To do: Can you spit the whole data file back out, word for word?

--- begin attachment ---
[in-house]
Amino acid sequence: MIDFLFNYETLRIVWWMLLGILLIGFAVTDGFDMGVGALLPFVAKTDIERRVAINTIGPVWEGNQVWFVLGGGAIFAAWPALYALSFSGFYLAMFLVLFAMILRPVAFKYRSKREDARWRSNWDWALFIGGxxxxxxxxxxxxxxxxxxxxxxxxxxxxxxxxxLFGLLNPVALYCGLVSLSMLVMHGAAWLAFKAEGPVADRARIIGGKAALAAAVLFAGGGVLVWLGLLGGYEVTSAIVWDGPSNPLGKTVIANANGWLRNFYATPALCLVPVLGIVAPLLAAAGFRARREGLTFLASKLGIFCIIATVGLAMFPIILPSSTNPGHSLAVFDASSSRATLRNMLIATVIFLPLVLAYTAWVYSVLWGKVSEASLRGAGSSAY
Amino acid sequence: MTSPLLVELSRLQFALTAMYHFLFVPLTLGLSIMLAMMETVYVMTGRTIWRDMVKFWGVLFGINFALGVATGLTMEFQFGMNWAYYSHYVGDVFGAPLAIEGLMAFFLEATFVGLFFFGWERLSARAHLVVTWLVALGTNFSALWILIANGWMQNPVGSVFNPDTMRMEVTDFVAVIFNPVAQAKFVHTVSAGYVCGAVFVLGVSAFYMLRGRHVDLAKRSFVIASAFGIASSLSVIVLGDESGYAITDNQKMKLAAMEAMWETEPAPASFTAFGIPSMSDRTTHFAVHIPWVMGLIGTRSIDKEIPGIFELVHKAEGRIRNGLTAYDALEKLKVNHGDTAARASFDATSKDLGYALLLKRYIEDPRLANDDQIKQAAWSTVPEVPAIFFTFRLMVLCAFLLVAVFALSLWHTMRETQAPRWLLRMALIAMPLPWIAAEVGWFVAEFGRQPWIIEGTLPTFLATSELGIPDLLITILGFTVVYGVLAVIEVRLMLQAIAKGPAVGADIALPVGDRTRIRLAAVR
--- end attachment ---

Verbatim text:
[in-house]
Amino acid sequence: MIDFLFNYETLRIVWWMLLGILLIGFAVTDGFDMGVGALLPFVAKTDIERRVAINTIGPVWEGNQVWFVLGGGAIFAAWPALYALSFSGFYLAMFLVLFAMILRPVAFKYRSKREDARWRSNWDWALFIGGxxxxxxxxxxxxxxxxxxxxxxxxxxxxxxxxxLFGLLNPVALYCGLVSLSMLVMHGAAWLAFKAEGPVADRARIIGGKAALAAAVLFAGGGVLVWLGLLGGYEVTSAIVWDGPSNPLGKTVIANANGWLRNFYATPALCLVPVLGIVAPLLAAAGFRARREGLTFLASKLGIFCIIATVGLAMFPIILPSSTNPGHSLAVFDASSSRATLRNMLIATVIFLPLVLAYTAWVYSVLWGKVSEASLRGAGSSAY
Amino acid sequence: MTSPLLVELSRLQFALTAMYHFLFVPLTLGLSIMLAMMETVYVMTGRTIWRDMVKFWGVLFGINFALGVATGLTMEFQFGMNWAYYSHYVGDVFGAPLAIEGLMAFFLEATFVGLFFFGWERLSARAHLVVTWLVALGTNFSALWILIANGWMQNPVGSVFNPDTMRMEVTDFVAVIFNPVAQAKFVHTVSAGYVCGAVFVLGVSAFYMLRGRHVDLAKRSFVIASAFGIASSLSVIVLGDESGYAITDNQKMKLAAMEAMWETEPAPASFTAFGIPSMSDRTTHFAVHIPWVMGLIGTRSIDKEIPGIFELVHKAEGRIRNGLTAYDALEKLKVNHGDTAARASFDATSKDLGYALLLKRYIEDPRLANDDQIKQAAWSTVPEVPAIFFTFRLMVLCAFLLVAVFALSLWHTMRETQAPRWLLRMALIAMPLPWIAAEVGWFVAEFGRQPWIIEGTLPTFLATSELGIPDLLITILGFTVVYGVLAVIEVRLMLQAIAKGPAVGADIALPVGDRTRIRLAAVR